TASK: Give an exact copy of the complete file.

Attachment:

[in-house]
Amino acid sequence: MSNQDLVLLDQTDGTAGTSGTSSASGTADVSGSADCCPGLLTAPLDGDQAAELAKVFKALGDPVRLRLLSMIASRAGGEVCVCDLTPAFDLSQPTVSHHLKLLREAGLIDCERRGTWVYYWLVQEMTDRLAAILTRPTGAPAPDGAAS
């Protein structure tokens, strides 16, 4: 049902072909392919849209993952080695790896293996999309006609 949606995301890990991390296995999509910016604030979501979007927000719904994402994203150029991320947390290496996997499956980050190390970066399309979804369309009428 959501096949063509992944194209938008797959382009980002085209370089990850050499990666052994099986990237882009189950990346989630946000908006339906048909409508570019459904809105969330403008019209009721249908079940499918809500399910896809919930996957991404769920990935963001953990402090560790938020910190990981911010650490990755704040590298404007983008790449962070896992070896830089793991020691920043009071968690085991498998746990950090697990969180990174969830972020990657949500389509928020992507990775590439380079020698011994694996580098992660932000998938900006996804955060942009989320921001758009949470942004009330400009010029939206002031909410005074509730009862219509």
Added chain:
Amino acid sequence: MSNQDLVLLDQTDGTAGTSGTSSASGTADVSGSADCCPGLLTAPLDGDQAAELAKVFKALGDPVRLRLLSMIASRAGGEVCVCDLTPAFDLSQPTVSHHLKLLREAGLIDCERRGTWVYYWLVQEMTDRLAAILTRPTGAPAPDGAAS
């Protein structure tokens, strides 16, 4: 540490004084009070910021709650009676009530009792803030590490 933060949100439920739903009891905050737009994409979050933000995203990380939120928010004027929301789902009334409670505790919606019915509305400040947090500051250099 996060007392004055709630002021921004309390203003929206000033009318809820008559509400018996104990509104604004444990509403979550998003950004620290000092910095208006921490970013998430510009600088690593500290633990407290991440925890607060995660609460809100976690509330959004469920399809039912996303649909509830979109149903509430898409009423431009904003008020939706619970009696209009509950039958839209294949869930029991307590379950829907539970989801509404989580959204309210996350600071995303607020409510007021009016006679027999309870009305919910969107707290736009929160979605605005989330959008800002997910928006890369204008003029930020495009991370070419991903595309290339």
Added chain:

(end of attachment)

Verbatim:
[in-house]
Amino acid sequence: MSNQDLVLLDQTDGTAGTSGTSSASGTADVSGSADCCPGLLTAPLDGDQAAELAKVFKALGDPVRLRLLSMIASRAGGEVCVCDLTPAFDLSQPTVSHHLKLLREAGLIDCERRGTWVYYWLVQEMTDRLAAILTRPTGAPAPDGAAS
């Protein structure tokens, strides 16, 4: 049902072909392919849209993952080695790896293996999309006609 949606995301890990991390296995999509910016604030979501979007927000719904994402994203150029991320947390290496996997499956980050190390970066399309979804369309009428 959501096949063509992944194209938008797959382009980002085209370089990850050499990666052994099986990237882009189950990346989630946000908006339906048909409508570019459904809105969330403008019209009721249908079940499918809500399910896809919930996957991404769920990935963001953990402090560790938020910190990981911010650490990755704040590298404007983008790449962070896992070896830089793991020691920043009071968690085991498998746990950090697990969180990174969830972020990657949500389509928020992507990775590439380079020698011994694996580098992660932000998938900006996804955060942009989320921001758009949470942004009330400009010029939206002031909410005074509730009862219509």
Added chain:
Amino acid sequence: MSNQDLVLLDQTDGTAGTSGTSSASGTADVSGSADCCPGLLTAPLDGDQAAELAKVFKALGDPVRLRLLSMIASRAGGEVCVCDLTPAFDLSQPTVSHHLKLLREAGLIDCERRGTWVYYWLVQEMTDRLAAILTRPTGAPAPDGAAS
């Protein structure tokens, strides 16, 4: 540490004084009070910021709650009676009530009792803030590490 933060949100439920739903009891905050737009994409979050933000995203990380939120928010004027929301789902009334409670505790919606019915509305400040947090500051250099 996060007392004055709630002021921004309390203003929206000033009318809820008559509400018996104990509104604004444990509403979550998003950004620290000092910095208006921490970013998430510009600088690593500290633990407290991440925890607060995660609460809100976690509330959004469920399809039912996303649909509830979109149903509430898409009423431009904003008020939706619970009696209009509950039958839209294949869930029991307590379950829907539970989801509404989580959204309210996350600071995303607020409510007021009016006679027999309870009305919910969107707290736009929160979605605005989330959008800002997910928006890369204008003029930020495009991370070419991903595309290339």
Added chain: